Brian Joss – Traffic law departments across South Africa who do not make every effort to mitigate the impact of rolling blackouts on traffic congestion, and traffic lawlessness, are not doing their jobs and are failing motorists in the towns and cities they serve.
This is the view of the Automobile Association (AA) which says excuses by traffic departments of a lack of resources cannot be accepted any longer.
“The rolling blackouts by the power utility Eskom are a major blow to South Africa’s already embattled economy. An earlier attempt to exclude peak certain times for the blackouts has been another colossal failure and is having an enormous negative effect on traffic. It’s time traffic law enforcers step up, do their jobs, and provide services to the motoring public to ease this pressure,” the AA says.
The Association notes it is increasingly receiving complaints from members about a lack of traffic policing at major intersections during the blackouts and where motorists are driving in and blocking the emergency lanes to skip queues of vehicles.
“We have consistently reminded motorists to remain calm in the traffic, to obey the rules of the road at all times, and to adjust their attitudes to accommodate for unforeseen scenarios. But traffic law enforcers seem to believe it is business as usual for them when it is anything but. Erecting roadblocks or traffic stops to check for expired licence discs to fuel revenue is not an appropriate response – traffic law enforcement across the country needs to do better,” says the Association.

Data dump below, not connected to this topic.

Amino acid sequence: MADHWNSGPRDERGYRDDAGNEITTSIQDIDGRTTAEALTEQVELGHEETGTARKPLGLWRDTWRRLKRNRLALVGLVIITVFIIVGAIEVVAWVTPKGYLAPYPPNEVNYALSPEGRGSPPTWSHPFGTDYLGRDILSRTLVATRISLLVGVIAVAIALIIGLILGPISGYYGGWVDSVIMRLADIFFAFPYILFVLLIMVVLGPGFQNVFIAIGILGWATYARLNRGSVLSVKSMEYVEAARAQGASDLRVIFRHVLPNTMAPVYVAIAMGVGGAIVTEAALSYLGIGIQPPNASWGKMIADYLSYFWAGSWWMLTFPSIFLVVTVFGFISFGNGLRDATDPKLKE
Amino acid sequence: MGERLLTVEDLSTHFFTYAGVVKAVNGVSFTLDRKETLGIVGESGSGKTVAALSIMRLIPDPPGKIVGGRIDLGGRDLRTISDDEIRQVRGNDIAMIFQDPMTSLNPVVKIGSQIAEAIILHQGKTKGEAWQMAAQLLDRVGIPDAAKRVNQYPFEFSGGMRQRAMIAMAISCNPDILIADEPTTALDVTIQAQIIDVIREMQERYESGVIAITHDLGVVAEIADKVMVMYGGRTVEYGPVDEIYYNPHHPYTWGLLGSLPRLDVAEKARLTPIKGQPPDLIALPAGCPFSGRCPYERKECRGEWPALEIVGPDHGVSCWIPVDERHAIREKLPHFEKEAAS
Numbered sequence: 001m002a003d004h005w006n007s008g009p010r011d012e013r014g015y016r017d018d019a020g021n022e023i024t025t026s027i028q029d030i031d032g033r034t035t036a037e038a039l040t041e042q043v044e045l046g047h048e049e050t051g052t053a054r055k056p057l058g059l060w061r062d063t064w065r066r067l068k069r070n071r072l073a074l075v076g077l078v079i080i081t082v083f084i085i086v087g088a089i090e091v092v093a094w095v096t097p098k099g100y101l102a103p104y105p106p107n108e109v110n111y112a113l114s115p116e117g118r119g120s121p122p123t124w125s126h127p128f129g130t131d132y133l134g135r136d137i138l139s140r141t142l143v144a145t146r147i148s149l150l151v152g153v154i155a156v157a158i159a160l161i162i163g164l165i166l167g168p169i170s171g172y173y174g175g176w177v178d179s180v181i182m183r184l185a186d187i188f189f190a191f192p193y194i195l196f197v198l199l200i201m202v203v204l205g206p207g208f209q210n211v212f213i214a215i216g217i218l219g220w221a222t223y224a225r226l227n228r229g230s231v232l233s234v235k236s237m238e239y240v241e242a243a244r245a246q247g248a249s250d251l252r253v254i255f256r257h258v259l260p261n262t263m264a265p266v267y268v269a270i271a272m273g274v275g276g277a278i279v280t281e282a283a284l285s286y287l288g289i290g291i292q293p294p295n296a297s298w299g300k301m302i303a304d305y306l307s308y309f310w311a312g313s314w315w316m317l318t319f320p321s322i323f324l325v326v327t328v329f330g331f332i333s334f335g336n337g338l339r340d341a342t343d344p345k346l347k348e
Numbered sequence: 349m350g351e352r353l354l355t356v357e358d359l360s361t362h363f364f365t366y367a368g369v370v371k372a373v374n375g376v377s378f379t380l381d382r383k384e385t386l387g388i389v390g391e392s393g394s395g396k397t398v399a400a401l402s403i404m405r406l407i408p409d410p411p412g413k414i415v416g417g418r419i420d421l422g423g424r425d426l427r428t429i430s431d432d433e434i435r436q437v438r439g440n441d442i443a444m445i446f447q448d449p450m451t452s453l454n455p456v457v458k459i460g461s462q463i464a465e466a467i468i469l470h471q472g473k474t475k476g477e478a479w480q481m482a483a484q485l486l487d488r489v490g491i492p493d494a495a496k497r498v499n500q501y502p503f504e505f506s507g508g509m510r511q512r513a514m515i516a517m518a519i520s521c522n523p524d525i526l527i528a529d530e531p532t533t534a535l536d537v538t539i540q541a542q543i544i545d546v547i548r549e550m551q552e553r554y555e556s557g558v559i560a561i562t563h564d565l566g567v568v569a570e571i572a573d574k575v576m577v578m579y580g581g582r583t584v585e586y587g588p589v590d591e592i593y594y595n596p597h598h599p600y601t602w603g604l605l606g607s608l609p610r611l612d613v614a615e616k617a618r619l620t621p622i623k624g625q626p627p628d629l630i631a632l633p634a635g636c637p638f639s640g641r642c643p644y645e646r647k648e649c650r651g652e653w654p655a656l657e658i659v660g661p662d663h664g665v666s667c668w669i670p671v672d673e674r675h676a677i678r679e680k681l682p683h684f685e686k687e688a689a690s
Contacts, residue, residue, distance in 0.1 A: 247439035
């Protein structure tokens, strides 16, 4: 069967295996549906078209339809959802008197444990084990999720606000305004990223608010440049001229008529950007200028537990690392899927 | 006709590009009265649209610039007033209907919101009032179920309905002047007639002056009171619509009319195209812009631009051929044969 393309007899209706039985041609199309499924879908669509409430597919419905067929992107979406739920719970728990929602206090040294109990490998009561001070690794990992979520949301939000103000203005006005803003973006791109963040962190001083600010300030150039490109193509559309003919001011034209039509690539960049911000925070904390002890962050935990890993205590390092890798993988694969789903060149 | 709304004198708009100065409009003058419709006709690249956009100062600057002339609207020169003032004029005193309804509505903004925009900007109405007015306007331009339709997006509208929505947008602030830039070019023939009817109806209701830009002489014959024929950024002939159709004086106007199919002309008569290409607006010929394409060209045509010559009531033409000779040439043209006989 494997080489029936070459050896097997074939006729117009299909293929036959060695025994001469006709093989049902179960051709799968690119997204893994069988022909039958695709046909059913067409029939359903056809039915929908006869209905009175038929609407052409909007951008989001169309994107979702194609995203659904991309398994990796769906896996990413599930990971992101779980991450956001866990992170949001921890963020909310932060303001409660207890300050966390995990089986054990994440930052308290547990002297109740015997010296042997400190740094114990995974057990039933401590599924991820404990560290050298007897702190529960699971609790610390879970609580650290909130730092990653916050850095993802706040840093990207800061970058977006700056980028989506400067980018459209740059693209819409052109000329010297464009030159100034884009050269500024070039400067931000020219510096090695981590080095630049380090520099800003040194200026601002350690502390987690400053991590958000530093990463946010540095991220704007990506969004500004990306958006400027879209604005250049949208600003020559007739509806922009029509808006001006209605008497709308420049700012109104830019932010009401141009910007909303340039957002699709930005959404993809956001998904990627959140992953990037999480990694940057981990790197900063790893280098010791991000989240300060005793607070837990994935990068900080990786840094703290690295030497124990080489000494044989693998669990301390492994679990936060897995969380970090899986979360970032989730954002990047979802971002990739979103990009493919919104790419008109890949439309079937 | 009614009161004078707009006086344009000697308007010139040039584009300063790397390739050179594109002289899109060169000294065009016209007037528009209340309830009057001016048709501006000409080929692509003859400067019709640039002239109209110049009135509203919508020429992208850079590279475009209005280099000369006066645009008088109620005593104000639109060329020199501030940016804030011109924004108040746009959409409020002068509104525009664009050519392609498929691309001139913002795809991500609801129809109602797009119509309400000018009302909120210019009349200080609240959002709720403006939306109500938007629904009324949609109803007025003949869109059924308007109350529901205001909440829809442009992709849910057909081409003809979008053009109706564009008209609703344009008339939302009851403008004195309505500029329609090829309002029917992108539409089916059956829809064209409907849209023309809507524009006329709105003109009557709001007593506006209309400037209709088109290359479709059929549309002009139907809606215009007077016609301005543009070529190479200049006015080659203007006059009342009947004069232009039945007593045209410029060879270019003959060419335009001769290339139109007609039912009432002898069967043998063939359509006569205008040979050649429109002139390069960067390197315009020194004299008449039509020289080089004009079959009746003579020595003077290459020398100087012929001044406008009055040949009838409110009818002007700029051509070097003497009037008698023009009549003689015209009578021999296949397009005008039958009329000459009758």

Some of the measures the AA recommends for traffic law enforcement include: Immediately suspending roadblocks and traffic stops targeted at revenue collection which do not aid in the free-flow of traffic. Obviously roadblocks targeted at dealing with criminal activities must continue; these should not be confused with those seeking only to check for expired licence discs. Redeploying all available traffic officials to major intersections and routes where congestion is known to be severe as a result of the rolling blackouts – especially at peak times in the mornings and afternoons, and Increasing the working hours of traffic law enforcement officials to ensure more people are available when needed.
“It’s been reported that the rolling blackouts could last for up to 18 months. If urgent measures are not put in place as a priority, the country’s fragile economy will be further battered by the current situation.”
The AA says it is disheartened that while ordinary South Africans are struggling to negotiate the current road crisis caused by the rolling blackouts, government seems oblivious to the situation.
“There appears to be a general acceptance that the current road traffic chaos is nothing new, or that it is not worthy of receiving priority attention. We remind government that our country is a vehicle reliant society and any threat to the free flow of traffic will result in major negative consequences for the economy,” the AA concludes.